“Doing nothing” can also be an occupation. It certainly occupies your time and, in most cases, serves a specific purpose – albeit not always achieving the result you would like. Spending long hours in bed with time passing may be exactly what your body needs in the early stages of recovery from illness or injury. It may be what your brain needs during a particularly stressful time to calm heightened emotions and to clear the fog in your head. At other times, it may be what you “do” in the hope that your brain or body will improve or change. In some cases, spending long hours in bed only serves to allow you to ruminate over all the thoughts swirling in your mind, which leaves you feeling less impressed with yourself than when you started. Similarly, standing staring out of the window at the ocean on a rainy day might be a signal of hopelessness or despair for someone who is overwhelmed with the challenges of the day ahead; whereas in different circumstances or for a different person, it may be a very deliberate form of relaxation and rejuvenation, of taking pleasure in watching the movement of nature, or becoming inspired for creative endeavours.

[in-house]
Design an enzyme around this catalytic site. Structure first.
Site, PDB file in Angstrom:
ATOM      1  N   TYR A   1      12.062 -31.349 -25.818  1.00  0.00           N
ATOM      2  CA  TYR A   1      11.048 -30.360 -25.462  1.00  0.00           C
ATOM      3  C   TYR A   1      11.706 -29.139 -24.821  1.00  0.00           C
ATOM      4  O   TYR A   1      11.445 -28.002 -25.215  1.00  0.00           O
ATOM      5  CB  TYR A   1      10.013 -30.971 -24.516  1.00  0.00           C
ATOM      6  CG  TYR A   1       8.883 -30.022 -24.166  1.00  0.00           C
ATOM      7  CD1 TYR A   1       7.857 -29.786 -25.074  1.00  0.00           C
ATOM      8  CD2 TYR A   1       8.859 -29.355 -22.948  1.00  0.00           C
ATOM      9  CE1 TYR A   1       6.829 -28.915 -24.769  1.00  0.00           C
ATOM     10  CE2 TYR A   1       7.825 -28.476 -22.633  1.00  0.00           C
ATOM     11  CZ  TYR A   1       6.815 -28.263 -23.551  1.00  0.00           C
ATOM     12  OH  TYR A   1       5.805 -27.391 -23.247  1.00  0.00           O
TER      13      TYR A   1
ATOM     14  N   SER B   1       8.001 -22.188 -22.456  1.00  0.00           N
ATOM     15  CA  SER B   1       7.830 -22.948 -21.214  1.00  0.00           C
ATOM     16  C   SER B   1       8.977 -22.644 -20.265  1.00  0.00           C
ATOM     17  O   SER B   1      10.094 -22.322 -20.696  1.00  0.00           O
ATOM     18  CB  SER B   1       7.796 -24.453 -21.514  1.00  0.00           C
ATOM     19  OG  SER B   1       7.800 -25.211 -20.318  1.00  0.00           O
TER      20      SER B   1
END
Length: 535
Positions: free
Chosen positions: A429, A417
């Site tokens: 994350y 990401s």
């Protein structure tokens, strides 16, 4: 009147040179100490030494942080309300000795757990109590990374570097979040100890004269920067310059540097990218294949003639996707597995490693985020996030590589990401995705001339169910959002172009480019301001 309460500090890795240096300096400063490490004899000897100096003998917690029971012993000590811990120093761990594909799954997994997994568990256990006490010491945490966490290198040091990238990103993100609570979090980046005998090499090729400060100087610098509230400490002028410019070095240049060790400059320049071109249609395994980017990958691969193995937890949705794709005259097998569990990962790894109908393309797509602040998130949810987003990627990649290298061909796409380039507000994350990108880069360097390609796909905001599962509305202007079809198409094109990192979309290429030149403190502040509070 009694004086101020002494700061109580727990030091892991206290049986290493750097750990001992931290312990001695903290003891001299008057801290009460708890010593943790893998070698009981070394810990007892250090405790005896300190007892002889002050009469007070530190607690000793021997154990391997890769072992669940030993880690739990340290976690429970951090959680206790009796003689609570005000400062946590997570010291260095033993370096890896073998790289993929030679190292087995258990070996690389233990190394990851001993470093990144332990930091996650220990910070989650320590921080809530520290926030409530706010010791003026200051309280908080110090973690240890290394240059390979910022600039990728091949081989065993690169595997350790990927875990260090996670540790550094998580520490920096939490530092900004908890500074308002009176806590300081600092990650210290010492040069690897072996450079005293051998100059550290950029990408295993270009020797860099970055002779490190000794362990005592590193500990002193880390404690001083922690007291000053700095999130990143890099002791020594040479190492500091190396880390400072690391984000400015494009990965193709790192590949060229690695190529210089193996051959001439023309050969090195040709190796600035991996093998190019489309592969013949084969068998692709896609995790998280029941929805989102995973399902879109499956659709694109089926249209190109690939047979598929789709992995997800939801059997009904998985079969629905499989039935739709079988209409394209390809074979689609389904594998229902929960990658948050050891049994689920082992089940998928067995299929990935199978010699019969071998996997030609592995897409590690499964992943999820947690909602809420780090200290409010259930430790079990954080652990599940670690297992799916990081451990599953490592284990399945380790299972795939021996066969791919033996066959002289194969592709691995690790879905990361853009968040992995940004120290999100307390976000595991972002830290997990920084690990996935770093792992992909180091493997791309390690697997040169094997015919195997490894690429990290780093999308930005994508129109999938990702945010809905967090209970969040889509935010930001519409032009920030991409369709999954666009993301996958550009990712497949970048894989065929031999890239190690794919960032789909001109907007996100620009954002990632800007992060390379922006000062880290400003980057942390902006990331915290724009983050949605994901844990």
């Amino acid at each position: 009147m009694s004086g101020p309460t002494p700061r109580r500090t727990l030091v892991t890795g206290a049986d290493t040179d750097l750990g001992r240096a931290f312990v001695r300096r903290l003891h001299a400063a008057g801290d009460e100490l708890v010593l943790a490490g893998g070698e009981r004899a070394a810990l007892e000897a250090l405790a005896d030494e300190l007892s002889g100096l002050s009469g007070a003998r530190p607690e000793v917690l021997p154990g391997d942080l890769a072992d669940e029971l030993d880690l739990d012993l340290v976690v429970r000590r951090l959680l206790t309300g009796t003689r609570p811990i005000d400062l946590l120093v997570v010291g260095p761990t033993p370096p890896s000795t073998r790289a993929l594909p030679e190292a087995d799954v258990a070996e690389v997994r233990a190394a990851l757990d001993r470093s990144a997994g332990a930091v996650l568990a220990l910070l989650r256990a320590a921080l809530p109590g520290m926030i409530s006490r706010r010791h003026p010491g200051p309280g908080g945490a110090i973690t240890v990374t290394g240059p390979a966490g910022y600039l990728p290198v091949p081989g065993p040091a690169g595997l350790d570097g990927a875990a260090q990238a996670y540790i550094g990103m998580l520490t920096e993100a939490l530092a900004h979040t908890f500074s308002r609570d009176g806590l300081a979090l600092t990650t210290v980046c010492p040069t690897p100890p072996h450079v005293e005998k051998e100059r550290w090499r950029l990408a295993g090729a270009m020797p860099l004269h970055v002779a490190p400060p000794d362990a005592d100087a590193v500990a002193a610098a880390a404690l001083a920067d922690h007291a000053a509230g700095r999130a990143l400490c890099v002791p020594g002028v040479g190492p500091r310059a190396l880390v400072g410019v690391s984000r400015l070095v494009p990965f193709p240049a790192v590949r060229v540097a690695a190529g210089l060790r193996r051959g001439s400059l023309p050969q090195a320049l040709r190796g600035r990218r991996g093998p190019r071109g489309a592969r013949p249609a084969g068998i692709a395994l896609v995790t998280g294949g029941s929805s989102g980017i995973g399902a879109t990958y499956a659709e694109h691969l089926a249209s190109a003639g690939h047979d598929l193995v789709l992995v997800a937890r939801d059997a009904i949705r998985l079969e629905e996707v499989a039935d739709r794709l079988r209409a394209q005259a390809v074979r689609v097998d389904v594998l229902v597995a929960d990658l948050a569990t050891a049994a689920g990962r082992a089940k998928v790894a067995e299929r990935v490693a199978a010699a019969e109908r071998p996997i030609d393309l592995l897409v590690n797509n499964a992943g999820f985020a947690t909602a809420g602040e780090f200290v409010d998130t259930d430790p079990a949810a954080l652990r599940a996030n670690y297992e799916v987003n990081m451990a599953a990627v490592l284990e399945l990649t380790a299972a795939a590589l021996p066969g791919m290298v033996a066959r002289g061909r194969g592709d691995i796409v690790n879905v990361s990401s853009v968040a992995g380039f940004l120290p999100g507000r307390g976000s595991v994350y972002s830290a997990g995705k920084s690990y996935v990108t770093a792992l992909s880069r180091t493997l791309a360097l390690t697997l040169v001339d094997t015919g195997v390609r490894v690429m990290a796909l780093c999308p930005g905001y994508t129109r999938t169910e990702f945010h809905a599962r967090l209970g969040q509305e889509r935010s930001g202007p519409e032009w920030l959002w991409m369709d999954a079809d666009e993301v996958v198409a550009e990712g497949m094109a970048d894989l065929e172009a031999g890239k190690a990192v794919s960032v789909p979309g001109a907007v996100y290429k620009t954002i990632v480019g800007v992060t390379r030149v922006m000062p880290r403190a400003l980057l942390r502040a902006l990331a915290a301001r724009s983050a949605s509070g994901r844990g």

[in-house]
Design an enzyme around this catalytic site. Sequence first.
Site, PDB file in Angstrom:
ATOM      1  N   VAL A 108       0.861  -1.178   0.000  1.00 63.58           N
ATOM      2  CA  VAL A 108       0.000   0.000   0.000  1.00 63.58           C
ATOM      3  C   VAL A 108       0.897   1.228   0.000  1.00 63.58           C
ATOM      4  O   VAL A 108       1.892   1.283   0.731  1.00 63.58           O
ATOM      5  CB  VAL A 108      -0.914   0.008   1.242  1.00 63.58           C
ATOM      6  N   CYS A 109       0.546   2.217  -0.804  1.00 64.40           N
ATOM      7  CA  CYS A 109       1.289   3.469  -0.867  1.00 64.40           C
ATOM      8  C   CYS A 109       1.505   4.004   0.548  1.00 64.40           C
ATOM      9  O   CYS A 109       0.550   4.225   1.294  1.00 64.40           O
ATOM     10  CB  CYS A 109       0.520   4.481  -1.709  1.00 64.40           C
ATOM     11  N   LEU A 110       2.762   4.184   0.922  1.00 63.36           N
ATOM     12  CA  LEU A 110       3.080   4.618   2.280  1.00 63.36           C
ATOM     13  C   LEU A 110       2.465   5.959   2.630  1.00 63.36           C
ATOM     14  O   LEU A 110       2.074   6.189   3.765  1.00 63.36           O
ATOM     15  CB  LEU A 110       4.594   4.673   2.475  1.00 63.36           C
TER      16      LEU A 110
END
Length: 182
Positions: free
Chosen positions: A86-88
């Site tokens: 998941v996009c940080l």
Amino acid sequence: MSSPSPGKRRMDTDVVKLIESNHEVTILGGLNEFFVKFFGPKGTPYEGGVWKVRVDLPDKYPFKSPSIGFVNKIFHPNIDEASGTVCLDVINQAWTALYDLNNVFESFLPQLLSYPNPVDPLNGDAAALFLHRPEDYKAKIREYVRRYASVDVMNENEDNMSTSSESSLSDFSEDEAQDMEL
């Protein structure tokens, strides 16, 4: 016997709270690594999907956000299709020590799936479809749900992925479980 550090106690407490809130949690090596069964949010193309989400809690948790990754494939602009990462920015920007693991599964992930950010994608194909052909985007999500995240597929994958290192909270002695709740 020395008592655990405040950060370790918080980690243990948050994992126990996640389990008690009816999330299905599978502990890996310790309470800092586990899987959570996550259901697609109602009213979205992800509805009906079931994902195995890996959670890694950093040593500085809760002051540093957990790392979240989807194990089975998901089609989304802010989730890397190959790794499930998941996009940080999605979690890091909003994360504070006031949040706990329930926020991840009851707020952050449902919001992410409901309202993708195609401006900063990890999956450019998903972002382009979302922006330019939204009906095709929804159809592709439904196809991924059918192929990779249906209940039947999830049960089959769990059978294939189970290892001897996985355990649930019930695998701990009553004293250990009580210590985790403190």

So we can see that it is not the task, the movement, the busy-ness or inactivity itself that creates an occupation. It is the meaning and purpose behind the activity. Simply participating in a task or activity doesn’t necessarily give it meaning; it is the purpose, the context, and the hoped-for outcome that define it as an occupation. It is your occupations that give your life meaning, purpose, and pleasure.
The first step in reclaiming meaning and purpose in your life is to explore your own occupations – to clearly understand why you do the things you do. This isn’t always obvious even on a very basic level of identifying the true meaning behind your daily routines and everyday tasks.
The meaning of an activity, at this particular point in time, is tied to what you have done in the past and why. At any point in time, you are the sum of your life’s experiences, what you have done in the past, your connections with people, your values, your beliefs, and aspirations. These all come together to give what you do a particular meaning at a particular point in time. The things you do, the things you don’t do, and doing nothing all occupy your time, and have different meanings in different circumstances and stages of your life.